Book Club

Persephone Book Club: Harry Potter and the Sorcerer’s (or Philosopher’s) Stone Pt 4

It’s the last week of our Harry Potter discussion, and I’m a little sad to not be writing about The Boy Who Lived anymore after today. It’s been a real treat to read along with all of you, and you’ll all be happy to know I’ve got all seven of the books now. I’m waiting for a nice block of free time (ha!) to sit down and get lost in the Potter world from start to finish.

Last week I gave you all a challenge, and RudeAndNotGinger stepped up and sent in the following for challenge B:

Looking into the mirror was foolish and out of character for such a logical young witch. But Hermione Granger was also an 11-year-old girl. And lately, the insecurity of being 11 was stronger than the pride of being the most talented student in her class. Hermione had a lot to be happy about, she thought: two great friends in Harry Potter and Ron Weasley, not to mention the consistently fascinating pleasure of belonging to the magical world. But Hermione wasn’t happy, which was why she stood in front of the Mirror of Erised. She lifted her eyes towards the glass, where her parents stood behind her. This was odd. Harry’s parents had appeared in the mirror because his greatest desire was to know them. Hermione had seen her parents just a few weeks ago. Why were they appearing before her now?

As her eyes moved from her mother’s kind face, Hermione realized why the mirror displayed the images of Dr. and Dr. Granger. In her mother’s hand was a long, slender object. A wand. Her father had one, too. She began to imagine what it would be like to grow up with a witch and wizard as her mother and father like so many of her classmates. They knew the rules of Quidditch, remembered the day Voldemort vanished, and revered the great Albus Dumbledore. Hermione knew she was an exceptionally smart young woman, but still couldn’t shake the feeling that she was 11 years behind everyone else.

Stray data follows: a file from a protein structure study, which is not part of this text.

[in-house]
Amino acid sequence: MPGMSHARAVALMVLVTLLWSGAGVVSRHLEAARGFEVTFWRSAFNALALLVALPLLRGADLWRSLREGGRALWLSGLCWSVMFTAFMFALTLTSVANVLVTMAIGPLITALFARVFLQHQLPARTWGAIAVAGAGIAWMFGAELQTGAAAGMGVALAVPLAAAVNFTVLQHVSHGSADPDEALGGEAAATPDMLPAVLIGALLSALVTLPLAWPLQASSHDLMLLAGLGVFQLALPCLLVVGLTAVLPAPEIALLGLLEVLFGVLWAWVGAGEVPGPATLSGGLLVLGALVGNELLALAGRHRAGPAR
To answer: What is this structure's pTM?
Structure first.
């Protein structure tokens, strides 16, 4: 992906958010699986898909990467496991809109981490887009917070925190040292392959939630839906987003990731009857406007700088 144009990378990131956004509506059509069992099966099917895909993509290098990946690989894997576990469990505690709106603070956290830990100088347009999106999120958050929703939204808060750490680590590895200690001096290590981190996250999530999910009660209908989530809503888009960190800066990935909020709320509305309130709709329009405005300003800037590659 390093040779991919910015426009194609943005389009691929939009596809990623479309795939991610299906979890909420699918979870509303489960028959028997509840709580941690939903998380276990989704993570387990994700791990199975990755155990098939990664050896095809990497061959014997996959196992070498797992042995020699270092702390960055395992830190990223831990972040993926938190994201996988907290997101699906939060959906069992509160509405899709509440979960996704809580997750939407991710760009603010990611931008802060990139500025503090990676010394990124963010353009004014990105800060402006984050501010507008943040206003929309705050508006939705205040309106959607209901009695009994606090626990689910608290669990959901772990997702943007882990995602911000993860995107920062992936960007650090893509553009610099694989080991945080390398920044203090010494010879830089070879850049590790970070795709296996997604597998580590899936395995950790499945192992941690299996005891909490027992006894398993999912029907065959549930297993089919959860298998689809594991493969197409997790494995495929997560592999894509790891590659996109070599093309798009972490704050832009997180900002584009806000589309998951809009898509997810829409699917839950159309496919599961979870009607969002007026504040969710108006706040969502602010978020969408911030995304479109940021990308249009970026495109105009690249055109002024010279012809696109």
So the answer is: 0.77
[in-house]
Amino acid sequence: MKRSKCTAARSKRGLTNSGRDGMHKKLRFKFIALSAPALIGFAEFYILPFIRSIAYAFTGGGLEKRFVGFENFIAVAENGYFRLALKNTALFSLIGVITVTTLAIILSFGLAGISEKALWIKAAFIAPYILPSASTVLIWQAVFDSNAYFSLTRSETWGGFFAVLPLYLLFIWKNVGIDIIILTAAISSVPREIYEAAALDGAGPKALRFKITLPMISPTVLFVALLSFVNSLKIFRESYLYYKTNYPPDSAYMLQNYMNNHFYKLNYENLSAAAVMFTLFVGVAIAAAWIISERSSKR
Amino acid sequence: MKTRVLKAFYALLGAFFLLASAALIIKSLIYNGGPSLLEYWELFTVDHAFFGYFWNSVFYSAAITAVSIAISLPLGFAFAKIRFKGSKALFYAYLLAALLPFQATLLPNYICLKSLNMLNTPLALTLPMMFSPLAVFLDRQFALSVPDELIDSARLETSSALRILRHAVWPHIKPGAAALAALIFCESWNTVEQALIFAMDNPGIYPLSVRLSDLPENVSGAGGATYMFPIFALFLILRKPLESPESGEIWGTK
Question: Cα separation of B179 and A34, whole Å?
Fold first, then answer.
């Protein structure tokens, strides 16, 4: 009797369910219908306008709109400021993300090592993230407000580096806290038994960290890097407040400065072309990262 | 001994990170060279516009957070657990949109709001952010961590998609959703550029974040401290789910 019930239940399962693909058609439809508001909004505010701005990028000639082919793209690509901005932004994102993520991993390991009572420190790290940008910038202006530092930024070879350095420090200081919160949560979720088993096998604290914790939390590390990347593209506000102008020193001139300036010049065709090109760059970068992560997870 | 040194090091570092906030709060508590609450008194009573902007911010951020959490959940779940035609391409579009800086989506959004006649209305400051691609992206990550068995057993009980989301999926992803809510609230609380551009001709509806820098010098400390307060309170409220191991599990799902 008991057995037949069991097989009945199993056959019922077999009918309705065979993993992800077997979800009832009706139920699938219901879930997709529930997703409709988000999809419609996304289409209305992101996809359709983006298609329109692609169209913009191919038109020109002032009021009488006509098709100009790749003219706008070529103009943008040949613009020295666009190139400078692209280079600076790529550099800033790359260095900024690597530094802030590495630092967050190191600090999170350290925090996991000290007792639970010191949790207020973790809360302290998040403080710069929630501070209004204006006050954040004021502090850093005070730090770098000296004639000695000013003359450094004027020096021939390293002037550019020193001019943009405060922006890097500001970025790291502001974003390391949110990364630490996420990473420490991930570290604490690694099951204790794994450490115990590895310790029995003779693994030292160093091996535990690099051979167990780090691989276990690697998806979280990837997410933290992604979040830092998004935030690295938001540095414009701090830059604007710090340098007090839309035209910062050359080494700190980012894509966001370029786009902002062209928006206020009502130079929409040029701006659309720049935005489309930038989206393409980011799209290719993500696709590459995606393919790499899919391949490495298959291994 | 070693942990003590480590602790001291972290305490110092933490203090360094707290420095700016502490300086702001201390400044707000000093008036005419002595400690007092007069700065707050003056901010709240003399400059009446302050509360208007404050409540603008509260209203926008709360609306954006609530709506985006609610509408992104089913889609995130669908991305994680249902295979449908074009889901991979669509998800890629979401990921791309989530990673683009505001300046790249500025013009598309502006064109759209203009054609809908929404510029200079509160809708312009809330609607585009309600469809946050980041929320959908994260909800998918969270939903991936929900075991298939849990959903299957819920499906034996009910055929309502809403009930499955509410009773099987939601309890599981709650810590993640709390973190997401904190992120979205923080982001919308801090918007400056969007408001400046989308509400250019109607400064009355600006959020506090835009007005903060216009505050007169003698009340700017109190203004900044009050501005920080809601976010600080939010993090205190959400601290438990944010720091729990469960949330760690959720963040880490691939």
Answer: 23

Yes, Professor McGonagall had awarded her 10 points for knowing about Switching Spells. On the same day, however, Lavender Brown had laughed when Hermione explained why the photo of her parents by her bed always looked the same. “The Muggle world must be awfully dull if their pictures can’t even move,” Lavender giggled. Hermione glanced up at the mirror again, and her father flicked his wand, sending sparks flying from the tip. Hermione loved her parents more than anything in the world, Muggle or magical, and that would never change. But if she had grown up immersed in this universe, maybe she would feel better. She had read Hogwarts, A History for fun, but also because she felt that she had something to prove. Hermione had surrounded herself with books before she even knew that wizards existed, but now she clung to them even more strongly.

She looked at the smiling reflection of her magical mother and felt sad that her parents could never know her world. Even if Hermione became the most famous witch of her generation, her mum and dad couldn’t fully understand what that meant. Hermione’s greatest desire was to share magic with her parents, and not just because of her own adolescent insecurities. She realized why the Mirror displayed this image. Hermione was now fundamentally different from the man and woman who raised her. They were intelligent, educated, loving people, but they had begun to exist in a different world the instant Hermione received her Hogwarts letter. Her parents were proud of her magical accomplishments (of which she already had many), but they could never really comprehend them. Hermione was beginning to leave her parents behind, and she was terrified. She was an exceptional child, but a child nonetheless. And a child never wants to be taken away from her parents.